I have nothing to do with the editing of the show, at all. Each episode is hours (and sometimes days) of footage that is sliced and diced down to roughly 45 minutes of solid TV. I am sure the editors are aware of the strong reaction from the viewers to cut back on the interpersonal drama and make it more about the cooking, and I am also sure they will take it into account. At the same time, this particular cast gave them plenty of ammunition. Personally, I'd rather see more about the food too, but the double edge of reality TV is that most of the time viewers like a little drama (just not this much of it).

Jung wrote: Thanks for your insider viewpoint. Marcel doesn't seem all that bad, and your comments verify that the others are picking on him. Do they read these blogs and viewer comments? Are they aware of how distasteful their behavior was to us viewers? Hopefully, in some follow-up or reunion, they will apologize.

Being under the glass for that long sucks. It is such a high-pressure situation for all of these contestants, and there is a lot at stake. It is not exactly easy to watch yourself on TV, each week rehashing the emotional rollercoaster you had to go through. I learned a lot about myself, both the good and the bad. I've gotten to know some of the Season 2 cast, and off camera, they're pretty spectacular individuals. Put 'em all together in the same room for weeks on end, maybe not so great. The spirit of competition is a vicious thing. Hopefully this has been as good of a growing experience for them as it was for me.

pat walsh wrote: Lee Anne, Where does one get to taste some of your food?

I'm still working at The French Culinary Institute in NYC. Keep your eyes open though, working on a book, a TV show, and spreading the gospel of pork.

Aingeal wrote: Sorry Leann but, if what I heard about your relationship with Harold is true, I have very little respect for you or him. (and just a side note...I never saw what the problem with Tiffany was....she was just as up front as any of the rest of you) I have to say that you do seem to have an odd affinity for a very poor chef in Mike, but then only a few people seem to have been chosen this year based on talent. It would seem the theme this year is Top Jerk not Chef. Only El has even come close to being a likeable human.....but I suppose this is what ratings get you. I'm very sad. I liked this show last year for the most part.

What exactly have you heard? To dispel all of the rumors once and for all, I am not dating Harold, I have never dated Harold, and nor will I ever date Harold (or what ever else you happen to be insinuating, speaking of respect...). We are very good friends, end of story.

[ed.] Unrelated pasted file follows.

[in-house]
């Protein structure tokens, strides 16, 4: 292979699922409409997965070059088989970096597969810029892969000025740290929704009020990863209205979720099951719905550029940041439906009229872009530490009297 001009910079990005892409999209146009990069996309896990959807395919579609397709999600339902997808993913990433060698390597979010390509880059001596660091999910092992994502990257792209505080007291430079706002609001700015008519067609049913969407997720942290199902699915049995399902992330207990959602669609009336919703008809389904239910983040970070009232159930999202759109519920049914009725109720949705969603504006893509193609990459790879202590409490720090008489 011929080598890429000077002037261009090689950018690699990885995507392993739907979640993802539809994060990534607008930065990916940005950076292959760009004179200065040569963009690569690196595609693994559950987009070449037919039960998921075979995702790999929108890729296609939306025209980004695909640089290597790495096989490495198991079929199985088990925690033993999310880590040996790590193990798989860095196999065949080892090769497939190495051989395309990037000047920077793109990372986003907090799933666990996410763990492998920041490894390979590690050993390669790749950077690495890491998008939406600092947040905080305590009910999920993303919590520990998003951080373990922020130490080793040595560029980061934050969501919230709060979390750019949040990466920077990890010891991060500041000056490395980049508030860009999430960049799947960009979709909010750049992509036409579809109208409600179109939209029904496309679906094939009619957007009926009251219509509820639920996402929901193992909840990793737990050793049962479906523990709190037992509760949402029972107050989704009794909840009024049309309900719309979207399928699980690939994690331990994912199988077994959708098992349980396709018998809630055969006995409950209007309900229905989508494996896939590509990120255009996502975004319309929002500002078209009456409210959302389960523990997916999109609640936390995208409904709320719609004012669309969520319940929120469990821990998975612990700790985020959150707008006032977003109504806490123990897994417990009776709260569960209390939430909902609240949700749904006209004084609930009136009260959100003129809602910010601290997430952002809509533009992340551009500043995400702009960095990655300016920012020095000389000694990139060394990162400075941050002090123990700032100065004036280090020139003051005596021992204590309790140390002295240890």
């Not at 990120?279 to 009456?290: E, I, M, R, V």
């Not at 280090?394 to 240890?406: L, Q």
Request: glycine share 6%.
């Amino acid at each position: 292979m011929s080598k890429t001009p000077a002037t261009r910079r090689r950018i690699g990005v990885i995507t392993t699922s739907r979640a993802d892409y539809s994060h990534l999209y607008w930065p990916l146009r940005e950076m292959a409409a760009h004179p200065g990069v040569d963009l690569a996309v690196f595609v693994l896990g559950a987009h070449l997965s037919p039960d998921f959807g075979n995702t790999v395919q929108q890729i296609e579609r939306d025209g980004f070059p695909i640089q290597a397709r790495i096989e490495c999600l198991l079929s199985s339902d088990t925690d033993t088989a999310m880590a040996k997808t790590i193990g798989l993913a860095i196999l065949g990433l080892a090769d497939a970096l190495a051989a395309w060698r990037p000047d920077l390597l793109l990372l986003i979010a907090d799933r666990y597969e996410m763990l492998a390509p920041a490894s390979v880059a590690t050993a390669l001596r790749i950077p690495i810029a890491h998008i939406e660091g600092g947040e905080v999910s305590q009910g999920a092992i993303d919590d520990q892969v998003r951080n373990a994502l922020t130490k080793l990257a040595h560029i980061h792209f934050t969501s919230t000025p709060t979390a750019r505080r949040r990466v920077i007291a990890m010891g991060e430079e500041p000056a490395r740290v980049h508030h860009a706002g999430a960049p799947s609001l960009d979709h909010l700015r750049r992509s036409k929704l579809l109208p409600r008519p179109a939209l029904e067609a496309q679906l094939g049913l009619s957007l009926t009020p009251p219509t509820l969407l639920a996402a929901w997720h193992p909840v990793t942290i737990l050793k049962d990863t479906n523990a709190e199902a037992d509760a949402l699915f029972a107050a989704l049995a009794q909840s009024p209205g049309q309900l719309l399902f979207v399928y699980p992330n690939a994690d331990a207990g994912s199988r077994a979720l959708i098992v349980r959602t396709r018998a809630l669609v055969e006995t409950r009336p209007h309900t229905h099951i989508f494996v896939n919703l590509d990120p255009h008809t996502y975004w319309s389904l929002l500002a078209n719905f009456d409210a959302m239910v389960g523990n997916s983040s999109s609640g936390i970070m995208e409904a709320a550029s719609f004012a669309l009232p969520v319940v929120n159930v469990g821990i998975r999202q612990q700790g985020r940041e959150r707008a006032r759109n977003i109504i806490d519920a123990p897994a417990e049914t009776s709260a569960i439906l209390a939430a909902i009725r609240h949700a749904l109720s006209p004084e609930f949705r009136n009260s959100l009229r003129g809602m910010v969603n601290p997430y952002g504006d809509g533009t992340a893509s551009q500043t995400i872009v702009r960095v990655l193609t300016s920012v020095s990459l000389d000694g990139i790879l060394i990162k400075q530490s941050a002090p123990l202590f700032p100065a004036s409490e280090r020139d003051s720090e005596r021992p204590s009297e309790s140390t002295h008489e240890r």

Anne wrote: Hey, Lee Ann, you're affiliated with a culinary institute, right? Isn't front-of-the-house training part of the curriculum? I hold a meager degree from a community college and spent a full semester at the front of the house. Educational experience aside, it is so hard to imagine that these chefs with their audacious restaurant expertise have NO expectations for how their food should be presented. I was amazed that neither Cliff nor Illan could make that transition from conceptualizing to executing proper guest service of their product.

Not all cooks ever get a front of the house education, whether it's in a classroom setting, or working as a waiter. It is in fact a separate profession altogether that requires training and skill. Learning how to make a perfect sauce takes time enough, and while most culinary institutions do offer a small bit of front of the house training, Ilan and Cliff probably spend most of their waking minutes focused on how to make the food taste and look good, not how to present it. Add the pressure of building a restaurant in a few hours and not getting eliminated and there you have your drama.

done again wrote: Can we all agree that no one over the age of eight should ever use any form of the word yum? Yes, that includes yummy, yummo, yummilicious and any other modifications/derivations.

Could you possibly be speaking in yum about a certain yummo personality? I will admit to using words like yummalicious, yumtastic, yummorama, and yummalummadingdong. Or I could just be full of s#*t (otherwise known as yum). Agreed. Keep up the great comments everyone, I'm off to get some yummy snacky numnums.

Richard: "Gregory Had the Better Ideas"

Richard Blais explains why Mei Lin won, and why we'll definitely be hearing from Gregory Gourdet soon.

The finale of Top Chef is the one absolute every season. Make the best meal of your life, in a multi-course tasting format for a room of the "who's who" in the culinary industry.